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Soul icon Percy Sledge dies in Louisiana

Renowned singer Percy Sledge, whose claim to fame is his recording of "When a man loves a woman," has died at the age of 74. Sledge died of liver cancer at his home in Baton Rouge, Louisiana, according to his agent.

The news of Sledge's death was confirmed by his longtime agent Steve Green on Tuesday, who described the legendary singer as a "decent person."

"We've represented a lot of artists here. Percy was one of our first," said Green, who heads the Artists International Management company. "What a nice person in a miserable business!" he said.

Born in Alabama in 1941 during the time when racial segregation was prevalent in southern US, Sledge's music career took off when he was working at a hospital.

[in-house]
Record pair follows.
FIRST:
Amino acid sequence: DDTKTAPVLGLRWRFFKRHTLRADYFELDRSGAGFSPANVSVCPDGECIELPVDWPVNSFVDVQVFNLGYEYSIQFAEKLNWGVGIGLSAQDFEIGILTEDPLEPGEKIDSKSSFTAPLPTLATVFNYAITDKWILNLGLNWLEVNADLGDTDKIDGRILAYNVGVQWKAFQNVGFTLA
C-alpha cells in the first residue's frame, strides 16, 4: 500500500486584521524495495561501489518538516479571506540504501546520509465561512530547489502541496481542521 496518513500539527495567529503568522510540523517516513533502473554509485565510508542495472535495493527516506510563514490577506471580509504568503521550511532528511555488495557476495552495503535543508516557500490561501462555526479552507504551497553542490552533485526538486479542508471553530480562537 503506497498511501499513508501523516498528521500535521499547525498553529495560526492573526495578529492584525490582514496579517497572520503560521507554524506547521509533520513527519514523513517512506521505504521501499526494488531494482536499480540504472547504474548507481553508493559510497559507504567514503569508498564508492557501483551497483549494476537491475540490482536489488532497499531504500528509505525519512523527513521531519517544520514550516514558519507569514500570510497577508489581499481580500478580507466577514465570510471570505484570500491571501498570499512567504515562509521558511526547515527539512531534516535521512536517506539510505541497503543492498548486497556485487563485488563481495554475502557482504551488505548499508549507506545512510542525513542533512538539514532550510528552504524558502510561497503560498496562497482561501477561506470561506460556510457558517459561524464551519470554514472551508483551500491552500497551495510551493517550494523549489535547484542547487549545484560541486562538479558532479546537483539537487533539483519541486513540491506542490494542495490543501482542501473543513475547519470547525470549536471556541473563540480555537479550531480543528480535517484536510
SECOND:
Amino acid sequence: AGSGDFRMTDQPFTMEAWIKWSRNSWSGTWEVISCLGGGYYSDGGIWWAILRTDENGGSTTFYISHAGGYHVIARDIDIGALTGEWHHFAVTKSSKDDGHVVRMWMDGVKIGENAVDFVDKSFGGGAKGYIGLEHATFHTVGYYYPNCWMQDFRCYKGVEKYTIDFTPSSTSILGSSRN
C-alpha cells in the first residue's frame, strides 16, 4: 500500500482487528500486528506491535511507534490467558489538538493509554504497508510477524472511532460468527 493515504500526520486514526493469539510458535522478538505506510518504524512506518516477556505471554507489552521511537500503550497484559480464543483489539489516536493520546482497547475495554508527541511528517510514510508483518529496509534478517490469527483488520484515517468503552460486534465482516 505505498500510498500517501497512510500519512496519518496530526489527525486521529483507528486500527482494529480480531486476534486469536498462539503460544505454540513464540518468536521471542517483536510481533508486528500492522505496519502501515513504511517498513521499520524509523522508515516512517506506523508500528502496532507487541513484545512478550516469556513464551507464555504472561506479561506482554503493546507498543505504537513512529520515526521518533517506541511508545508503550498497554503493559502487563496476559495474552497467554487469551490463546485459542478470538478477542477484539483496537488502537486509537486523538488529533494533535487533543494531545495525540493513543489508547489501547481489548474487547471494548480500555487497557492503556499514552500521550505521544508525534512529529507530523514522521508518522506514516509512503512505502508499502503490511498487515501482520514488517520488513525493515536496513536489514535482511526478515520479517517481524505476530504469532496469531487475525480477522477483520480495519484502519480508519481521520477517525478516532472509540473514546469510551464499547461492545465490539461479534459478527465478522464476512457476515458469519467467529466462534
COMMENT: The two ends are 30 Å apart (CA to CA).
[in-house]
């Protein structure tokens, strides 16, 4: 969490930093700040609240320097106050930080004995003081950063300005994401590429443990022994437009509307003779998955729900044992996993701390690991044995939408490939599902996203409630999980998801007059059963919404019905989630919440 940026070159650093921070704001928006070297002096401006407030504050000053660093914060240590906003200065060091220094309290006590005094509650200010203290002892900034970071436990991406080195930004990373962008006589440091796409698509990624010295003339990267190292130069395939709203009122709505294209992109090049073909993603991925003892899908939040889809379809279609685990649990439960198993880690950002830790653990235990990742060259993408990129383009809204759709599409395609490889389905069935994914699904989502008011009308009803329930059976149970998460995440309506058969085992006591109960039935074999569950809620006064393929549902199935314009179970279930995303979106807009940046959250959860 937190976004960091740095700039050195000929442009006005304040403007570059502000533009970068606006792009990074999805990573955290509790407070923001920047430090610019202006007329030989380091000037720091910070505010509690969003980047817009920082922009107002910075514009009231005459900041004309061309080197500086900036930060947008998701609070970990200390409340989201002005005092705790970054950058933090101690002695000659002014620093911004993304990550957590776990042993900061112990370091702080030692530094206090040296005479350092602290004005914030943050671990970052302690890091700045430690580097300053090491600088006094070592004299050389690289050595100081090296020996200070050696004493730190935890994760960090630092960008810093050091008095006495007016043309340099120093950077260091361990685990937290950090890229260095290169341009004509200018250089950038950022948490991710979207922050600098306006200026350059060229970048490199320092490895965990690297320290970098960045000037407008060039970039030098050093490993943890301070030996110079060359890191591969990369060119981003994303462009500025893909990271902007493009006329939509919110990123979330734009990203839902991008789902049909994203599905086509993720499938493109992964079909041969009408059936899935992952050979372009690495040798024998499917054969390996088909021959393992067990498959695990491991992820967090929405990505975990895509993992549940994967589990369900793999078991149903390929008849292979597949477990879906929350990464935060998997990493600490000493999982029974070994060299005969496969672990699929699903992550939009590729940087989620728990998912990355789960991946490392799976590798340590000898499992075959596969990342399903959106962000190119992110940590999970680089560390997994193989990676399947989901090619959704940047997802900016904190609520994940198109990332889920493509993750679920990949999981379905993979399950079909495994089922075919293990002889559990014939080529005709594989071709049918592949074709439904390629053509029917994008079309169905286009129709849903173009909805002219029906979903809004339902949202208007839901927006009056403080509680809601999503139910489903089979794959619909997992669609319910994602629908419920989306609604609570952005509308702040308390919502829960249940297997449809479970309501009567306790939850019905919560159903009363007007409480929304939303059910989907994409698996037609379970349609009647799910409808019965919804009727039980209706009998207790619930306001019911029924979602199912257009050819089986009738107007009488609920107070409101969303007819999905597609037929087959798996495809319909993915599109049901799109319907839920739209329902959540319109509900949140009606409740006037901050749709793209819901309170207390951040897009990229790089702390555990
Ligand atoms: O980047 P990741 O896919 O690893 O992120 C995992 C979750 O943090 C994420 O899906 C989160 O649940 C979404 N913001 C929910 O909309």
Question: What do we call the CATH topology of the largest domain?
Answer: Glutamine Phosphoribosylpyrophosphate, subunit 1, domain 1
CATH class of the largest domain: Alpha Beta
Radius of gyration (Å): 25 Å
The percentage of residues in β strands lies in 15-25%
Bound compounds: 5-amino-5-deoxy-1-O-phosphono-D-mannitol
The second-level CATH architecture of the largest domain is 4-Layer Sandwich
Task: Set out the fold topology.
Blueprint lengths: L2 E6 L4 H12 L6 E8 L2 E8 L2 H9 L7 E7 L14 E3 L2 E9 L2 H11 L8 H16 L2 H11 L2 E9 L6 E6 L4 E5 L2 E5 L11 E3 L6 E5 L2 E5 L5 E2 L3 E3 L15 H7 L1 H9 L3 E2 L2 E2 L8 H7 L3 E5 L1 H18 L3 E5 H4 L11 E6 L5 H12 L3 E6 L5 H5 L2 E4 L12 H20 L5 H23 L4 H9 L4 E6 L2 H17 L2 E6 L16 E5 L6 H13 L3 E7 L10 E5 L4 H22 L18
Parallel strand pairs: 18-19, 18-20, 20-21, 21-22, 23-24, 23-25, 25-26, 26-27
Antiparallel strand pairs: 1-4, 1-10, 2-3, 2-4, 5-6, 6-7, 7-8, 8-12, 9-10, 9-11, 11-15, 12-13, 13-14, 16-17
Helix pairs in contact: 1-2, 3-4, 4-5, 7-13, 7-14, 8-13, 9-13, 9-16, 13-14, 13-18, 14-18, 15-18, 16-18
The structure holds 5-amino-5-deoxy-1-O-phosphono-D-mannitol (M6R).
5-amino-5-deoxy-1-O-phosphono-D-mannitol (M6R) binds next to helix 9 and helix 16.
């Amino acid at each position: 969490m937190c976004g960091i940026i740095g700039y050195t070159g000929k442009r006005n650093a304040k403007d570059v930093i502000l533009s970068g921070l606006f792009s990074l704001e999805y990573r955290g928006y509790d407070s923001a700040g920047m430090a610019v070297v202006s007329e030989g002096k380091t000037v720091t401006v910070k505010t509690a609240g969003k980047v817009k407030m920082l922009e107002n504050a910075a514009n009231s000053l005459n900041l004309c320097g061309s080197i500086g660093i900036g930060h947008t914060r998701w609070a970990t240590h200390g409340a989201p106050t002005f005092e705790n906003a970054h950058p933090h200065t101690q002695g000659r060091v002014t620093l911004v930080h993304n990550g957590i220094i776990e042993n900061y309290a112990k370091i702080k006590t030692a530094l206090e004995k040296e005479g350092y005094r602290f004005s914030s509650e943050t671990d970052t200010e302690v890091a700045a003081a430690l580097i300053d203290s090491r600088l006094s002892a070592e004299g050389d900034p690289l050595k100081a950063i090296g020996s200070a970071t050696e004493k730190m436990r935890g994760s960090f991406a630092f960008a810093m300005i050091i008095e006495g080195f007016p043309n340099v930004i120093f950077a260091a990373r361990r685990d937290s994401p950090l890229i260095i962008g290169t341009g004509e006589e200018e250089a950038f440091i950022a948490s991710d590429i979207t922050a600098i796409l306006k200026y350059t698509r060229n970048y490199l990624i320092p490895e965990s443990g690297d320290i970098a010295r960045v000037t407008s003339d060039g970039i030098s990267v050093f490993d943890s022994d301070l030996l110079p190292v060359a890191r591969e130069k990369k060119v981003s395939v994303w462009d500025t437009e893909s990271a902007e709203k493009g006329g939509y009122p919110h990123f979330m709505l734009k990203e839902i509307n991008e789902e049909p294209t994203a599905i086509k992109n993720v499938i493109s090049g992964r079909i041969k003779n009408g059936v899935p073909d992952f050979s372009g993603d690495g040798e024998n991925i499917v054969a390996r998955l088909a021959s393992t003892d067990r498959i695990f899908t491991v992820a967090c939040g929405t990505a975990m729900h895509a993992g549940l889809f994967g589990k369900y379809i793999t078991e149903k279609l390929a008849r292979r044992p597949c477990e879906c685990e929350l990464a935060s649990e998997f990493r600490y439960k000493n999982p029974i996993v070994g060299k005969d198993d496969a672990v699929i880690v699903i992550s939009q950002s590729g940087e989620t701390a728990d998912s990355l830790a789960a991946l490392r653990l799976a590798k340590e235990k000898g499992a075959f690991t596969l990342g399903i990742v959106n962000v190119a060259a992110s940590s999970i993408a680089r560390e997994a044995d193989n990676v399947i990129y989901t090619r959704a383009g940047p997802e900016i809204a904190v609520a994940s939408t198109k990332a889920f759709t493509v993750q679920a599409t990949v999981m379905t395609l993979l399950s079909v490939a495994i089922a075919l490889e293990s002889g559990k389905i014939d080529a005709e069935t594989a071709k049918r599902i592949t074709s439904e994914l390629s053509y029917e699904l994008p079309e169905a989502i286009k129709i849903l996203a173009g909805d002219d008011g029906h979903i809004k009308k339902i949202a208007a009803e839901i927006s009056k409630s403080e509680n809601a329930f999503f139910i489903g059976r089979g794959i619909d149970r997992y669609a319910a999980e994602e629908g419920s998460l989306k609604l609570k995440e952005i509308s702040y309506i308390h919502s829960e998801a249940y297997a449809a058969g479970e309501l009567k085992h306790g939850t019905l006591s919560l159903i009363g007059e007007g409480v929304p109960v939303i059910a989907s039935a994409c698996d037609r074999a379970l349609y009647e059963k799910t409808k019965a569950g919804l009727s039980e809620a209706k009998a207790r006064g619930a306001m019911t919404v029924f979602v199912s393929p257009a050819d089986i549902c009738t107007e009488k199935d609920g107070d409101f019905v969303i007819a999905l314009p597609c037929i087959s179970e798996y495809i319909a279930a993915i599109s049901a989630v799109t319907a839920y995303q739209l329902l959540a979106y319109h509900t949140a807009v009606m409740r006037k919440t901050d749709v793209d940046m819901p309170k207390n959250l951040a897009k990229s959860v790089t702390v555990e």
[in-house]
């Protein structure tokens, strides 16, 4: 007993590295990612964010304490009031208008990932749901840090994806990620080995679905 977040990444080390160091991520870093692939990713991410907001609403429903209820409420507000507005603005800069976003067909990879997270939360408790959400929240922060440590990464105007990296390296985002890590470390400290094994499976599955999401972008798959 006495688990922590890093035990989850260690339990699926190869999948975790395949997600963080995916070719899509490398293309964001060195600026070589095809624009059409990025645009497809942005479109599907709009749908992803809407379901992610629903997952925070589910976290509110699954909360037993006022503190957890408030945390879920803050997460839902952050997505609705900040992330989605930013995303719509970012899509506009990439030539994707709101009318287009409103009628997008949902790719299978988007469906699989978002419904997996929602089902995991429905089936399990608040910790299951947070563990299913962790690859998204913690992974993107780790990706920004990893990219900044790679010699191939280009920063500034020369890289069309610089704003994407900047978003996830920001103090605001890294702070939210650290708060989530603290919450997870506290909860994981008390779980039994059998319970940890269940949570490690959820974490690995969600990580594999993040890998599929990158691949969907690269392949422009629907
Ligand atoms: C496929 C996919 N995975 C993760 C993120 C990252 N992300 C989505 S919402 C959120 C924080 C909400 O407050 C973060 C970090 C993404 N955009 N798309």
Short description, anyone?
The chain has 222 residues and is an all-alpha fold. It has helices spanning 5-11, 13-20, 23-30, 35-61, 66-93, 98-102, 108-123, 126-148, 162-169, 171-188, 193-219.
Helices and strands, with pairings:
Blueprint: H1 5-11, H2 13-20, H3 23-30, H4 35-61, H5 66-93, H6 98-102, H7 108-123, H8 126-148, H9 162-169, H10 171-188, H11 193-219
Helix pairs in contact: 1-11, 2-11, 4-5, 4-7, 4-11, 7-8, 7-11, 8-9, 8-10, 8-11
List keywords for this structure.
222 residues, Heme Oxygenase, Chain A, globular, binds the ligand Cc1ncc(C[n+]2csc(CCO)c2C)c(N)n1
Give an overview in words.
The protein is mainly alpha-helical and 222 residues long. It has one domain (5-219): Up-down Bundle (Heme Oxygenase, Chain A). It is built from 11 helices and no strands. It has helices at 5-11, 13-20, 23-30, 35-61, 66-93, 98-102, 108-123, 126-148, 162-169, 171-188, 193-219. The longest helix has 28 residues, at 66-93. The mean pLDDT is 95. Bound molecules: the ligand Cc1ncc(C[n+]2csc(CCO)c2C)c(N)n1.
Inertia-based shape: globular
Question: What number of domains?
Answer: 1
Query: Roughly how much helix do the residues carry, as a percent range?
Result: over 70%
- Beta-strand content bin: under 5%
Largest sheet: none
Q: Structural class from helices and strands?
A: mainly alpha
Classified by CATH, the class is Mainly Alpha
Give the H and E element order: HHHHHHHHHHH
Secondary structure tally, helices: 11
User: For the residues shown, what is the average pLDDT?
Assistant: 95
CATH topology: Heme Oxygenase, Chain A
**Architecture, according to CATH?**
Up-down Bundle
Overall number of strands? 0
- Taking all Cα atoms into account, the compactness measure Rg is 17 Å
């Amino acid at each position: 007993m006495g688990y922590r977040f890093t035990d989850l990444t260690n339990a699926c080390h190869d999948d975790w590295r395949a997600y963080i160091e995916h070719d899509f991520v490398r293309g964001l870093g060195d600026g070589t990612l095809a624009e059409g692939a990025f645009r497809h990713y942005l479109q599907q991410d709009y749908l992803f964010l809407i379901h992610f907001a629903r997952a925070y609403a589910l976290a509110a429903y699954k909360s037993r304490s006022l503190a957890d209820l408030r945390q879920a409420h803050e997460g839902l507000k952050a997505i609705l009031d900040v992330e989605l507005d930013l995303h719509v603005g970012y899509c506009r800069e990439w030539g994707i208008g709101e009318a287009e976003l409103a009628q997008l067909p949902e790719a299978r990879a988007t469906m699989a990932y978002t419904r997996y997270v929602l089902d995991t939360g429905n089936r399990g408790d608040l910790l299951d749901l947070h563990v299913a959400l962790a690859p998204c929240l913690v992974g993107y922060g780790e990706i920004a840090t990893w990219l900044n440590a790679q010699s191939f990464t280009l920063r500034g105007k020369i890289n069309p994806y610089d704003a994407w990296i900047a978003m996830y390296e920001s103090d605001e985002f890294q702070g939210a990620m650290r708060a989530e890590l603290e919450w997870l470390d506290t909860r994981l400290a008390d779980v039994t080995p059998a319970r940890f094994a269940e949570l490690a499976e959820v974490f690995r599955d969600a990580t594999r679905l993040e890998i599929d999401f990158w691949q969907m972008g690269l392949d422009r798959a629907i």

His debut song "When a man loves a woman" topped the charts in 1966 and turned Sledge into a global star.

The song was ranked 53rd by Rolling Stone magazine in its list of 500 greatest songs of all times. The soulful ballad led to his induction into the Rock and Roll Hall of Fame in 2005.

In April 1994, the iconic singer pleaded guilty in a federal court to tax evasion involving his concert incomes during the late 1980s. He was fined and sentenced to six months in a rehabilitation center by the court.

Sledge's other popular songs include "Warm and tender Love," "It tears me up," "Out of left field" and "Take time to know her."

shs/jr (AP, Reuters, AFP)